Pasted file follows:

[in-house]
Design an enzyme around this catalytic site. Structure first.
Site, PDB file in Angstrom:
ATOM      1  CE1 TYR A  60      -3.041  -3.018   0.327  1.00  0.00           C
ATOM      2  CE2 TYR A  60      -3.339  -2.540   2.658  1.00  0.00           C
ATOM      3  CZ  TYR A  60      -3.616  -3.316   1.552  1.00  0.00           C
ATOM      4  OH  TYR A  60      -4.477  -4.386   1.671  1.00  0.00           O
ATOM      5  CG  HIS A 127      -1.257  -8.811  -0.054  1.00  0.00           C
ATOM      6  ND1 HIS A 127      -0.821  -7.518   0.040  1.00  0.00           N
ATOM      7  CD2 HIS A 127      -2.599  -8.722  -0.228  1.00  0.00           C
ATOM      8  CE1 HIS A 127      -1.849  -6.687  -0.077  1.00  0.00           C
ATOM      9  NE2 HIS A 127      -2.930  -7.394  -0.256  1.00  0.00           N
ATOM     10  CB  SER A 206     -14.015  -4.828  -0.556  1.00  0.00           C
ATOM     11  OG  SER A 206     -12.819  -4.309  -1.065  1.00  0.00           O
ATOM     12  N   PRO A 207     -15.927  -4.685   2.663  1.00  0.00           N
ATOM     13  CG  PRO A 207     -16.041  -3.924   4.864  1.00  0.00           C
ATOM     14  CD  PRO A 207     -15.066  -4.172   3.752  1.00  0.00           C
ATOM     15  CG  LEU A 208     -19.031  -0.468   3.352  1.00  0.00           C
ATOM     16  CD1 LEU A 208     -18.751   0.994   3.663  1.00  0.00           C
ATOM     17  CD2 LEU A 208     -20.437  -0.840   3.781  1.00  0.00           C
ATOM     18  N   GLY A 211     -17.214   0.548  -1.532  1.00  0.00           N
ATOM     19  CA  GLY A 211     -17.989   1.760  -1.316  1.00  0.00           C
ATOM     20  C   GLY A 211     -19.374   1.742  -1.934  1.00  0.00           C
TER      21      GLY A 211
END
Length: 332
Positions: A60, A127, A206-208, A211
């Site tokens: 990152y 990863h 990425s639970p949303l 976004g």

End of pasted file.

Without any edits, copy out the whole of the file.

[in-house]
Design an enzyme around this catalytic site. Structure first.
Site, PDB file in Angstrom:
ATOM      1  CE1 TYR A  60      -3.041  -3.018   0.327  1.00  0.00           C
ATOM      2  CE2 TYR A  60      -3.339  -2.540   2.658  1.00  0.00           C
ATOM      3  CZ  TYR A  60      -3.616  -3.316   1.552  1.00  0.00           C
ATOM      4  OH  TYR A  60      -4.477  -4.386   1.671  1.00  0.00           O
ATOM      5  CG  HIS A 127      -1.257  -8.811  -0.054  1.00  0.00           C
ATOM      6  ND1 HIS A 127      -0.821  -7.518   0.040  1.00  0.00           N
ATOM      7  CD2 HIS A 127      -2.599  -8.722  -0.228  1.00  0.00           C
ATOM      8  CE1 HIS A 127      -1.849  -6.687  -0.077  1.00  0.00           C
ATOM      9  NE2 HIS A 127      -2.930  -7.394  -0.256  1.00  0.00           N
ATOM     10  CB  SER A 206     -14.015  -4.828  -0.556  1.00  0.00           C
ATOM     11  OG  SER A 206     -12.819  -4.309  -1.065  1.00  0.00           O
ATOM     12  N   PRO A 207     -15.927  -4.685   2.663  1.00  0.00           N
ATOM     13  CG  PRO A 207     -16.041  -3.924   4.864  1.00  0.00           C
ATOM     14  CD  PRO A 207     -15.066  -4.172   3.752  1.00  0.00           C
ATOM     15  CG  LEU A 208     -19.031  -0.468   3.352  1.00  0.00           C
ATOM     16  CD1 LEU A 208     -18.751   0.994   3.663  1.00  0.00           C
ATOM     17  CD2 LEU A 208     -20.437  -0.840   3.781  1.00  0.00           C
ATOM     18  N   GLY A 211     -17.214   0.548  -1.532  1.00  0.00           N
ATOM     19  CA  GLY A 211     -17.989   1.760  -1.316  1.00  0.00           C
ATOM     20  C   GLY A 211     -19.374   1.742  -1.934  1.00  0.00           C
TER      21      GLY A 211
END
Length: 332
Positions: A60, A127, A206-208, A211
């Site tokens: 990152y 990863h 990425s639970p949303l 976004g």